The Financial Times discovers planning history

by Peter Larkham

Social and functional areas being depicted in the London County Plan

Social and functional areas being depicted in the London County Plan

It seems as if the FT’s property correspondent has discovered planning history. On no less than two recent occasions, Kate Allen (2014, 2015) has discussed the contemporary significance of Professor Sir Patrick Abercrombie’s plans for the London region, produced at the invitation of the Ministry for Town Planning in 1943-44 (Forshaw and Abercrombie, 1943; Abercrombie, 1945). Both were full-page features on the front page of the weekend ‘House and Home’ supplement; and the first carried a large full-colour reproduction of the widely-recognised “egg diagram” of social and functional areas in London.

It is very interesting to see such historic documents still being discussed in relation to today’s planning issues, and Kate Allen provides a fascinating argument for why the ‘scale’ and ‘ambition’ of Ambercrombie’s ideas are ripe for re-assessment. On one level, this suggests that planning history can have enduring relevance (or, perhaps, “impact” in today’s academic jargon!). But there are also persistent practical problems with attempting to translate the ideas of Abercrombie and the plans, no matter how well-known, into ‘workable’ solutions. With 70 years of hindsight the plans are flawed, probably inevitably; but quoting Boris Johnson’s “differences with Abercrombie” (Allen, 2014) is not really sufficient. [Read more…]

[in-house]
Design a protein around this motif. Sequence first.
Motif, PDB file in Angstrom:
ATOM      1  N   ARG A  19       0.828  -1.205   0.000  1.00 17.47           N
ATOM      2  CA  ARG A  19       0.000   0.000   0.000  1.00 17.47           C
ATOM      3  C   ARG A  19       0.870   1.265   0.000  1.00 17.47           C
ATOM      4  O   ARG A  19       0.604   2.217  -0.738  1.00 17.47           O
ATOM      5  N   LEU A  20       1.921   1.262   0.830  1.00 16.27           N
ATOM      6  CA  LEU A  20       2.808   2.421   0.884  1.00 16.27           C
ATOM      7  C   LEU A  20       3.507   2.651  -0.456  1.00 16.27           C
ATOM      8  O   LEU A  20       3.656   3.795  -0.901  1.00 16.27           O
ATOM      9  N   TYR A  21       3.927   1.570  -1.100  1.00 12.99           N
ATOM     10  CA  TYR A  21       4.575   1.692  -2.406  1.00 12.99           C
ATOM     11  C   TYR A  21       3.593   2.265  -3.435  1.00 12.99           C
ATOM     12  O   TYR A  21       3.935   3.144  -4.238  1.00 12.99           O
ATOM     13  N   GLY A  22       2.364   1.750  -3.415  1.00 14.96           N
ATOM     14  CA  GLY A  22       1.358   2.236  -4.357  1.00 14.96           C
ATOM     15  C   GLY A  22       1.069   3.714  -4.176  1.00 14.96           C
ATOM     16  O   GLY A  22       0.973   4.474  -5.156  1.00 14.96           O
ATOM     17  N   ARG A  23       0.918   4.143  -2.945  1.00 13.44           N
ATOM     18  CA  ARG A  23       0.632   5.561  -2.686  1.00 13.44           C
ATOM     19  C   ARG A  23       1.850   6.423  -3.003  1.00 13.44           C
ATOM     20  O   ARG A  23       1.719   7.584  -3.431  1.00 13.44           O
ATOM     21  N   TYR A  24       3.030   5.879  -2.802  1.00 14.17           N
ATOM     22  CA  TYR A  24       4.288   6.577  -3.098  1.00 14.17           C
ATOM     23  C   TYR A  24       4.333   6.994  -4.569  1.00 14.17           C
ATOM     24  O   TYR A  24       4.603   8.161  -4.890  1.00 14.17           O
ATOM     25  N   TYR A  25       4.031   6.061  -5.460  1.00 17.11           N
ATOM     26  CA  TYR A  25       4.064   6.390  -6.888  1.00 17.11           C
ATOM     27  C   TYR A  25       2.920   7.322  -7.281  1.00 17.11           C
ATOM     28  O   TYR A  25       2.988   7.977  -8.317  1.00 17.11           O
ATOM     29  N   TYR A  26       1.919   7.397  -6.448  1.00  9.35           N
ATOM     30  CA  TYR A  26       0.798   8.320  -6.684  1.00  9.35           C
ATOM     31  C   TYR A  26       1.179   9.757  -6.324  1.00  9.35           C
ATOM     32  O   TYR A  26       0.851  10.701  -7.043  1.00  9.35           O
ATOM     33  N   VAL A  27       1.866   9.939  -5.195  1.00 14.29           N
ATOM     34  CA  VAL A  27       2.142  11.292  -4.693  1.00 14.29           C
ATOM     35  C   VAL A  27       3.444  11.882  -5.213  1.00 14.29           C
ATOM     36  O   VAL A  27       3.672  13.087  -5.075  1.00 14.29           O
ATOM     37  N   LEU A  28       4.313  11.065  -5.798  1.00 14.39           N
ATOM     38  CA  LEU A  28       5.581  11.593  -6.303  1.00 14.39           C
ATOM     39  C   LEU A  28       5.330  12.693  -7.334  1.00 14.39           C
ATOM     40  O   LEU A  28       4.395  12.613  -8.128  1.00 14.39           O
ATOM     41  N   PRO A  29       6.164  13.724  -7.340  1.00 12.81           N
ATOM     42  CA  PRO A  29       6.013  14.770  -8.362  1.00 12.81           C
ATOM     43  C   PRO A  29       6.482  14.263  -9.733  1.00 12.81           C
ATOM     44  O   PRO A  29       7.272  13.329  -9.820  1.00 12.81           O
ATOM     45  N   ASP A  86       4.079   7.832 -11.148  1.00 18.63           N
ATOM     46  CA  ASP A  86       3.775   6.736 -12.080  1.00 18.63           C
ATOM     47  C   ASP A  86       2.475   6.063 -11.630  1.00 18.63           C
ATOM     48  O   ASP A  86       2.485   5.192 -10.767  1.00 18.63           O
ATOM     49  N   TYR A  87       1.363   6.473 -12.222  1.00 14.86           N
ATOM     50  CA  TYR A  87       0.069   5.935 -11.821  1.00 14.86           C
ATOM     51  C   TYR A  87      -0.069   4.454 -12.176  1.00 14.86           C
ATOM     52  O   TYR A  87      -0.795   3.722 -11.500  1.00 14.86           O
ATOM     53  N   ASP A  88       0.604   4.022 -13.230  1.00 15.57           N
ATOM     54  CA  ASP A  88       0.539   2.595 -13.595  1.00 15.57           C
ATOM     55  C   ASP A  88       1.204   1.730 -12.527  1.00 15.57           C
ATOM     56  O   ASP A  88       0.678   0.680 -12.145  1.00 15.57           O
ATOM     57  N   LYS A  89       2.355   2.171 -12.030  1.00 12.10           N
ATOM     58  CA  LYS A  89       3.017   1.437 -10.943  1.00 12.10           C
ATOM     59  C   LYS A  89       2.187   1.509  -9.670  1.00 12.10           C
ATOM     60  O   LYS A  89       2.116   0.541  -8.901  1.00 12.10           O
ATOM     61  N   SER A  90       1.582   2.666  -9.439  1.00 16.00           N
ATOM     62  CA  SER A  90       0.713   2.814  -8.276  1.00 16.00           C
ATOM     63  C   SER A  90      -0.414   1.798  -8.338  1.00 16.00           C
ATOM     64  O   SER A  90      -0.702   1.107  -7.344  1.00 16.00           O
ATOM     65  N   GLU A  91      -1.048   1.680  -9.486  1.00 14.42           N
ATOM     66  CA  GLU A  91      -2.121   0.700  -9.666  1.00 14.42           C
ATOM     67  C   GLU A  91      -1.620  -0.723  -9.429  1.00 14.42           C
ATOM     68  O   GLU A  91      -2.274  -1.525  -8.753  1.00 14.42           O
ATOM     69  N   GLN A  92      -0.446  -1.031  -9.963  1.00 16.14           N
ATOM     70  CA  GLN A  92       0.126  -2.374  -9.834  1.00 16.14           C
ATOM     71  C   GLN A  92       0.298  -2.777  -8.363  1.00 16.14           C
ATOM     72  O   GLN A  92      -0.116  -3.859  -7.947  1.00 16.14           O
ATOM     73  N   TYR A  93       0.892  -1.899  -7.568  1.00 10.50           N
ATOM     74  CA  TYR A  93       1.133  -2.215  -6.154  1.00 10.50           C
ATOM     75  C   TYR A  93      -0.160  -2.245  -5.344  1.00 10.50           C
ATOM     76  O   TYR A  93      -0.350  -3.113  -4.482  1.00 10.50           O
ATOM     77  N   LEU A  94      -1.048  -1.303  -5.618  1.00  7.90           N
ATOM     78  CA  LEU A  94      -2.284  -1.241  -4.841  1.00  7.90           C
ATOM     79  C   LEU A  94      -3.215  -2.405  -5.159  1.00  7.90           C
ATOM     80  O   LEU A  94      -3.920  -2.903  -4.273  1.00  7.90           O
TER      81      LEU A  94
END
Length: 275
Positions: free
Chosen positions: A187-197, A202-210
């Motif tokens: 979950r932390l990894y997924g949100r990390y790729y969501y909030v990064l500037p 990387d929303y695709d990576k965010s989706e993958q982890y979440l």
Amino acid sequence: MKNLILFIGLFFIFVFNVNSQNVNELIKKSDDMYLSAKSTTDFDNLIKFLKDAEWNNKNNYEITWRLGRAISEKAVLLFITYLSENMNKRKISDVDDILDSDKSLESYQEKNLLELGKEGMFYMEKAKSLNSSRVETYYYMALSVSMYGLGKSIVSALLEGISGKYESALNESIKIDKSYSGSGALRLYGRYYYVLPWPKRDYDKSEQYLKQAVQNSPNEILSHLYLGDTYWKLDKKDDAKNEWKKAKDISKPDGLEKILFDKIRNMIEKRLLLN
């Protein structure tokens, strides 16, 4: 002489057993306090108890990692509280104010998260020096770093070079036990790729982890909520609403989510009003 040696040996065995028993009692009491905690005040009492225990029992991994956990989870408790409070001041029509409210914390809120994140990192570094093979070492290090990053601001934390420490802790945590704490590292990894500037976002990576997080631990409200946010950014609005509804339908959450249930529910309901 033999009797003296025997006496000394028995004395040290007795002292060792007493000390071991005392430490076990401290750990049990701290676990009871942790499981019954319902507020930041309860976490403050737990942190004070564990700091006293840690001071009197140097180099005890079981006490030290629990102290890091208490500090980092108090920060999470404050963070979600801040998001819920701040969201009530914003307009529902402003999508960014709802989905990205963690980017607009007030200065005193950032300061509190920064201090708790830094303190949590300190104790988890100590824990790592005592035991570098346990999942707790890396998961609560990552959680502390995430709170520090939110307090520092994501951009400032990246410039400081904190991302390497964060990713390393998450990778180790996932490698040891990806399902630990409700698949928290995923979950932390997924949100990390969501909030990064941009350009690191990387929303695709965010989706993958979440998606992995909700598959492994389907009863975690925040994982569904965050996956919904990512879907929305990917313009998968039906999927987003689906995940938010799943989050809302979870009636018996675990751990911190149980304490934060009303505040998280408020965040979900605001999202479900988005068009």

The future of urban form and infrastructure: more effective management of flooding and other challenges

by Peter Larkham

“Plan boldly!” (Lord Reith, 19401)

Photo of flooded residential area at Wimborne, February 2014

Flooding on the Stour, Wimborne, Dorset.
Photo: Ian Kirk (via Flickr)

The recent floods are just one example of the problems we are likely to face in the coming 50-100 years as a result of environmental and social change.  Traditional urban forms are vulnerable, and current ways of planning are weak and slow to respond.

I spent a day recently at an ‘expert symposium’ on the future of urban form and infrastructure, part of the Government Office for Science’s “Foresight Future of Cities” project.  It was a fascinating and wide-ranging discussion with a good range of experienced academics and professionals.  But it actually said very little about form or infrastructure in any detail.  We largely accepted that much existing research had already identified good and bad form, and in fact the key to better urbanism in the future was better management, at all scales.

So, acknowledging ideas from the assembled experts (though anonymised via Chatham House rules), there are some radical lessons for planning and management. [Read more…]